What does it mean to be "true always on"? Does that mean that ADSL is not really constantly on?

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Hi Link,
The reason that many people talk about DSL not being "true always-on" is due to the practices of some service providers in regard to consumer ADSL; it is not an attribute of DSL per se.

Many ISPs model their DSL services on dial-up networking using a protocol called PPPoE (point-to-point protocol over Ethernet). Each time the DSL device connects (your PC or DSL router), it authenticates to a RADIUS server just like a dial up connection to the Internet. In some cases the ISPs log off sessions that have been idle for a specified period of time, hence, the reference to "true always-on".

There are several reasons ISPs adopted this approach.

  1. They already had the authentication, accounting and billing systems in place making this approach quite attractive from an operational perspective.
  2. Many ISPs are concerned about running out of IP addresses. Each time you connect, they give you a new address from a limited pool. By disconnecting idle users, they can conserve addresses.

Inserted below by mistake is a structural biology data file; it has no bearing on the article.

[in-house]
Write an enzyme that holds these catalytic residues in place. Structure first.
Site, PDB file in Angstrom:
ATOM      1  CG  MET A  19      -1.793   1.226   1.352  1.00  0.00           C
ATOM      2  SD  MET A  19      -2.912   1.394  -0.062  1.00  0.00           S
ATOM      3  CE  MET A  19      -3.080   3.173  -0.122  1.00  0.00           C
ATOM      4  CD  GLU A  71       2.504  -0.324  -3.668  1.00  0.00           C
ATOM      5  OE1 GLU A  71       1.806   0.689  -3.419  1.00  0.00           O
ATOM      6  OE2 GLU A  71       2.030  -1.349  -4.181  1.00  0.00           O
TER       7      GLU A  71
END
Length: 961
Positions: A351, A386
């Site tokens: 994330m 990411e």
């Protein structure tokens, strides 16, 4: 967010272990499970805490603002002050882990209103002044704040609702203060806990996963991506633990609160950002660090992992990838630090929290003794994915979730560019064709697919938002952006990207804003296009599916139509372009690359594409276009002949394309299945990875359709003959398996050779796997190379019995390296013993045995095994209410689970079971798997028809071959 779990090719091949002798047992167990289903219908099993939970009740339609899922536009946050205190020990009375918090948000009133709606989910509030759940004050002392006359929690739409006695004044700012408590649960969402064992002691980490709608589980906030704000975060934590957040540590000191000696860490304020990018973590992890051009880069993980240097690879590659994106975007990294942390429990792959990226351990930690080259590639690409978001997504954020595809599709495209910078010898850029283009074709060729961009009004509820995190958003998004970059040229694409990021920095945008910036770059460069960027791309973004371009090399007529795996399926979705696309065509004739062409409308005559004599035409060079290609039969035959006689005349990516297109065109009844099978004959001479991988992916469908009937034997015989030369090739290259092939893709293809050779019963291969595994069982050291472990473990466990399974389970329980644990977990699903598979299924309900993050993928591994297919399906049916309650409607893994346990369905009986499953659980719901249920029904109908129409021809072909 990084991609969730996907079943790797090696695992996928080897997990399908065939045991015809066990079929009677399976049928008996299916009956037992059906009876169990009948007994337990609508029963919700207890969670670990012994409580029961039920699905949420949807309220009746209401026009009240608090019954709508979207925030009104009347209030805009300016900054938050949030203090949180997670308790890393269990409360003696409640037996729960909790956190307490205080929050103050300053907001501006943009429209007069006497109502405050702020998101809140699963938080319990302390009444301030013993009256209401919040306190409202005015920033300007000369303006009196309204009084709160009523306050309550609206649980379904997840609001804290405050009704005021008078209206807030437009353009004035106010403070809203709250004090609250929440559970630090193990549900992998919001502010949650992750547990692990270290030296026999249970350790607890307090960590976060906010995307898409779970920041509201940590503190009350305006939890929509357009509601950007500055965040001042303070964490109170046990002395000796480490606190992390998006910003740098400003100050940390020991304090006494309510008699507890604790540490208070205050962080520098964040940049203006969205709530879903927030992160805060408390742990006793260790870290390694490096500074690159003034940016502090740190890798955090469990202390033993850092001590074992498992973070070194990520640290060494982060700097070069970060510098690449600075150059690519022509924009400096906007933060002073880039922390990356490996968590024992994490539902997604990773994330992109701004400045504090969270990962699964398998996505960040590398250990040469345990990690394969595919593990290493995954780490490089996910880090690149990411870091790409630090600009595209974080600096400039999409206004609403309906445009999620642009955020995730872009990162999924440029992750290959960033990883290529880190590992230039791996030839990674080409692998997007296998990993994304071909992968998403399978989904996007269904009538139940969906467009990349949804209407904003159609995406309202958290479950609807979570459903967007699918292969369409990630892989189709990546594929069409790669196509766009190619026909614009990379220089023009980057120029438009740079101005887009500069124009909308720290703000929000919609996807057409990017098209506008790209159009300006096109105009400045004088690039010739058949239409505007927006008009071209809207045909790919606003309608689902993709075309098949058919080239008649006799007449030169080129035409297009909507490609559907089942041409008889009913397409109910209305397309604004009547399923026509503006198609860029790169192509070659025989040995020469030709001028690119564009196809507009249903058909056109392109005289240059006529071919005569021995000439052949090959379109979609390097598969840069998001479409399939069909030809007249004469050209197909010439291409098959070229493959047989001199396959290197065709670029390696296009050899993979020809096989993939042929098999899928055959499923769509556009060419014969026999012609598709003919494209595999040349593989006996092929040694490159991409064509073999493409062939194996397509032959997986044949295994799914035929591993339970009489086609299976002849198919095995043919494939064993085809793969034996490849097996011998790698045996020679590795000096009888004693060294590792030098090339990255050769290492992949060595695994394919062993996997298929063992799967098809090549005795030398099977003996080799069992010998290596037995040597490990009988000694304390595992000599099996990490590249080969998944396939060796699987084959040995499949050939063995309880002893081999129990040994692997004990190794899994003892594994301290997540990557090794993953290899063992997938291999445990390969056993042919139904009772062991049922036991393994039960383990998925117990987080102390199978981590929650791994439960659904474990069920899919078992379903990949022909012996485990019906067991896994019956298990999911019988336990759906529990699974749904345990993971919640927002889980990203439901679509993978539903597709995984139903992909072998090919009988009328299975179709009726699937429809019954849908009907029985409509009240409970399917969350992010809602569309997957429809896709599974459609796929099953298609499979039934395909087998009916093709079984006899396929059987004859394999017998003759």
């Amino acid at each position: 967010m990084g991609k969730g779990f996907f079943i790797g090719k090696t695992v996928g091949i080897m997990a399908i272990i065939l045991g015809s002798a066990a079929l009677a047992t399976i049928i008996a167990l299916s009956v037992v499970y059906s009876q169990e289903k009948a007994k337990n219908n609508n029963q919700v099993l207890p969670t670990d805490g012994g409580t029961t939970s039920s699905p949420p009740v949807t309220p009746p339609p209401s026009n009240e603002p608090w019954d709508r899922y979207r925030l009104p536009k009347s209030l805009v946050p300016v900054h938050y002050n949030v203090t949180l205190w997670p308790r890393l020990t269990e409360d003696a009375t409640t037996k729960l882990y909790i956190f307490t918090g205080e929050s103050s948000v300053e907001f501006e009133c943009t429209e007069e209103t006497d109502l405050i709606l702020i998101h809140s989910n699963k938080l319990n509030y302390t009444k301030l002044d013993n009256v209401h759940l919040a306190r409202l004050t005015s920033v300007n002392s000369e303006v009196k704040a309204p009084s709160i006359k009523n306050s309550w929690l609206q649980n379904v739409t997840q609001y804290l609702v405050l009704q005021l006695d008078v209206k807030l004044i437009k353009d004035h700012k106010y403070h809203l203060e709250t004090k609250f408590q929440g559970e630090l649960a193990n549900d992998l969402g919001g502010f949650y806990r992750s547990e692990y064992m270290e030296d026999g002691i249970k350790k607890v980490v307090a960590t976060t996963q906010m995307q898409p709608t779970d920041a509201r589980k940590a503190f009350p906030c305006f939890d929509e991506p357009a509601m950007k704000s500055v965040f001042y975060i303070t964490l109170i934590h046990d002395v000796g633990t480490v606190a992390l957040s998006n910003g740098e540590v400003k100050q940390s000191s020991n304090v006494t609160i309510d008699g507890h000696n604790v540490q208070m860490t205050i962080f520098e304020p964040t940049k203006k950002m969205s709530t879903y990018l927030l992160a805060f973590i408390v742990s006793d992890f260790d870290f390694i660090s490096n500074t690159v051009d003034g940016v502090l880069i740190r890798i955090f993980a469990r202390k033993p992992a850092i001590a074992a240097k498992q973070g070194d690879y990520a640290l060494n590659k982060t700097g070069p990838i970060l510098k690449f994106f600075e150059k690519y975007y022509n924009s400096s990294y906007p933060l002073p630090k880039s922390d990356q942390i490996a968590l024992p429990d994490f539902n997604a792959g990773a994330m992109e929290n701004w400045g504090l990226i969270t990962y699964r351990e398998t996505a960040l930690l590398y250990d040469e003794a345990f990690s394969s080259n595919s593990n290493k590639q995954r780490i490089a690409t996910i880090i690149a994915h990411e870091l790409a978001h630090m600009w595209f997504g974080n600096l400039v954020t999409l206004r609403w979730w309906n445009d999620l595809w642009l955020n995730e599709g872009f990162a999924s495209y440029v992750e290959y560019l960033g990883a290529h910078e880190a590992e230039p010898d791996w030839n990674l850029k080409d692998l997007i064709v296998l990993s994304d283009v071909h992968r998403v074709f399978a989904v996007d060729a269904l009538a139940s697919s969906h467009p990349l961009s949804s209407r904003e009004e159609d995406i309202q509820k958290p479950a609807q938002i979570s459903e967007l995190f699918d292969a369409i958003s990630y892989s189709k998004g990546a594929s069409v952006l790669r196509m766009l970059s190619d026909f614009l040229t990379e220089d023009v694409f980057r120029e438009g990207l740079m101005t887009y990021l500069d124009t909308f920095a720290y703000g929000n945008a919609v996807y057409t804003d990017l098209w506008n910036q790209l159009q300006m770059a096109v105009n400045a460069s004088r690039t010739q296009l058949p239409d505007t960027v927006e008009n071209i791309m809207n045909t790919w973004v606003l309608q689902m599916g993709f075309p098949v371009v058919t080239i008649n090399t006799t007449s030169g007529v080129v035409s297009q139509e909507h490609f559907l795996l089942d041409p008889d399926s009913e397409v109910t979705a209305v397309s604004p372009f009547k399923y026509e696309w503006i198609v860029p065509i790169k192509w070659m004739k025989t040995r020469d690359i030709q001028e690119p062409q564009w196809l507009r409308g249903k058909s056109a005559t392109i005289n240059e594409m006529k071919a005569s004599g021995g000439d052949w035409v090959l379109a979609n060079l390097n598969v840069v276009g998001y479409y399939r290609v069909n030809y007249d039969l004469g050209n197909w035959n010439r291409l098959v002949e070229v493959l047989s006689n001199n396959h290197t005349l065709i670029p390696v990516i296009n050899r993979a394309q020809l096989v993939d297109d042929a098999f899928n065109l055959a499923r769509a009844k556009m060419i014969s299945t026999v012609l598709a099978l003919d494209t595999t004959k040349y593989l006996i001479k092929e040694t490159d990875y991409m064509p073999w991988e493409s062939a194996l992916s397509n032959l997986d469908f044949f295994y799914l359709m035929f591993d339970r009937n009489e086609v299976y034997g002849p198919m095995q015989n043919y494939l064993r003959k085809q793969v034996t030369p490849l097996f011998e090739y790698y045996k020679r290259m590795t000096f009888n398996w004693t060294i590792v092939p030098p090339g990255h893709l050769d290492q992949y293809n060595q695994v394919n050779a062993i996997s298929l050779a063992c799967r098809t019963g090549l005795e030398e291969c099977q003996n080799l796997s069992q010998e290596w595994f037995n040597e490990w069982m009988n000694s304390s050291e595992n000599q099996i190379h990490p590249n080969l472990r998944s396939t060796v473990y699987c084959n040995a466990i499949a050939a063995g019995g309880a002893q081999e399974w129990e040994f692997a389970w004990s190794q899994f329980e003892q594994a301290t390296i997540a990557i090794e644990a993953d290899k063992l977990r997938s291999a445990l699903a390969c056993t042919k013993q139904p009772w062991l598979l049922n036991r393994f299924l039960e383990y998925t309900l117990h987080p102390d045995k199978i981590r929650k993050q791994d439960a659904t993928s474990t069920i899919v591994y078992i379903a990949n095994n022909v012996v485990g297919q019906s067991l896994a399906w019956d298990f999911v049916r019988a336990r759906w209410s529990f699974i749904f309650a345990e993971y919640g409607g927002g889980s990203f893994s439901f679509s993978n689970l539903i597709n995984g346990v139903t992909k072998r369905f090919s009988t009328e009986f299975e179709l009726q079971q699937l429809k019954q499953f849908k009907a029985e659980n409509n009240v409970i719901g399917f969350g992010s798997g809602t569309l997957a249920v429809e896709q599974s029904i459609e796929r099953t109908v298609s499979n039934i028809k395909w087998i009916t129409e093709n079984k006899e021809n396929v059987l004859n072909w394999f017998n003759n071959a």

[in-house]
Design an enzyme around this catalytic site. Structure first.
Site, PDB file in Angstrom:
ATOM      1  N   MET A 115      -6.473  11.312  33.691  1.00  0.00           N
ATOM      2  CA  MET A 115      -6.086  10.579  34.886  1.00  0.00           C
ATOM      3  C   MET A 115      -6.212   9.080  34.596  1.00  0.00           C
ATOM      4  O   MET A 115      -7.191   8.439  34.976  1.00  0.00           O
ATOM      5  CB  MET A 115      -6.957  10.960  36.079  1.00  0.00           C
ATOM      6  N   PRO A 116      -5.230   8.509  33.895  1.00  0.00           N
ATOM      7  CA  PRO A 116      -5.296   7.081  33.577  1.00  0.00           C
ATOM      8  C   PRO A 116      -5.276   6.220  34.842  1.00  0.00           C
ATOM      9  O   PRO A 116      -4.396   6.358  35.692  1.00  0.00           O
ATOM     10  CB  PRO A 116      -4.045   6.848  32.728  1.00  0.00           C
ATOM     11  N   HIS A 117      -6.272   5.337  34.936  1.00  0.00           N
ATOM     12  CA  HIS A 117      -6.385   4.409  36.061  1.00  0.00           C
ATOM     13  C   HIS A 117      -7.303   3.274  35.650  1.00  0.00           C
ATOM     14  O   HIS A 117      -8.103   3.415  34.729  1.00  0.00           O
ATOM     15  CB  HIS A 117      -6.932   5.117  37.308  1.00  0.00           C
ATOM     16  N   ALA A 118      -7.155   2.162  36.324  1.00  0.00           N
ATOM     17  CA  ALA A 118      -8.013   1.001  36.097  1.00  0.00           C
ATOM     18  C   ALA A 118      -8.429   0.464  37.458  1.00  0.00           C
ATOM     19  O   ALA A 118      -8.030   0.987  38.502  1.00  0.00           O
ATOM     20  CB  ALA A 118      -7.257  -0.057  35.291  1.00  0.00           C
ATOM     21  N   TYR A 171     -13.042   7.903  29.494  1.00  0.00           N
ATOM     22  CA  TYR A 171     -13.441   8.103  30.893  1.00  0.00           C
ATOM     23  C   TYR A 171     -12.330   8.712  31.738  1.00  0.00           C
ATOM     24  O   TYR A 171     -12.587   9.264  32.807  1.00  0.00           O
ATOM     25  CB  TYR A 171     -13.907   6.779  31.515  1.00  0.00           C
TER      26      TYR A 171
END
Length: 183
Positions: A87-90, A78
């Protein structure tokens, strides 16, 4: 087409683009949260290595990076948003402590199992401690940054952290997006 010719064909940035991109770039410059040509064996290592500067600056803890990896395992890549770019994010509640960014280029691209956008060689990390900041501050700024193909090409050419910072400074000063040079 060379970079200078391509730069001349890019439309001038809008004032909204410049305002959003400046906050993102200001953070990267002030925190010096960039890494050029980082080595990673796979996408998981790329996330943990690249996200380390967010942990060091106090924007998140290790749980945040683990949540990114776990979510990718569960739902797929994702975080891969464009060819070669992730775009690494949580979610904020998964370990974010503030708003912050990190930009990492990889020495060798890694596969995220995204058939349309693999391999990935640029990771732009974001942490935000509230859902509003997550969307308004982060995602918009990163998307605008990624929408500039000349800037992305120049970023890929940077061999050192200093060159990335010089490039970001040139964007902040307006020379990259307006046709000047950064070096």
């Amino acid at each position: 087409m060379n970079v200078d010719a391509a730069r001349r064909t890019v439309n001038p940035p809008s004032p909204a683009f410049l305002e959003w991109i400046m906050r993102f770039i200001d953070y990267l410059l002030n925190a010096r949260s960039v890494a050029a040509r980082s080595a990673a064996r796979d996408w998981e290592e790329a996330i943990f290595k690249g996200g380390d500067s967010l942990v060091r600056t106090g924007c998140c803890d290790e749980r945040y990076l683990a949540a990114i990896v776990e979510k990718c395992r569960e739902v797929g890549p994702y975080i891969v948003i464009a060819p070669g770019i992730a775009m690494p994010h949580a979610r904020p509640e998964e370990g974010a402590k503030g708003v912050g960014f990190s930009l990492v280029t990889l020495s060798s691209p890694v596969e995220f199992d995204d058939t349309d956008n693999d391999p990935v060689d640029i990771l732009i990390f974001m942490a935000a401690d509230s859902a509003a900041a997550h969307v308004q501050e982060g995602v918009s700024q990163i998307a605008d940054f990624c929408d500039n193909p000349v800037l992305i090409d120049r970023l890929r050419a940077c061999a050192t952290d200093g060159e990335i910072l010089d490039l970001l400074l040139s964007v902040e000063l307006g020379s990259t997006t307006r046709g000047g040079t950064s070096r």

3. The approach also helps curve bandwidth usage. Always-on connections with static addresses can be used to support Web, e-mail and FTP servers at your house. Many ISPs don't want people using the connection for inbound services to their homes, just outbound Web surfing and e-mail access.
That said, business grade DSL services are usually sold as true always one and do not employ PPPoE.
Best,
Mark

This was first published in January 2003

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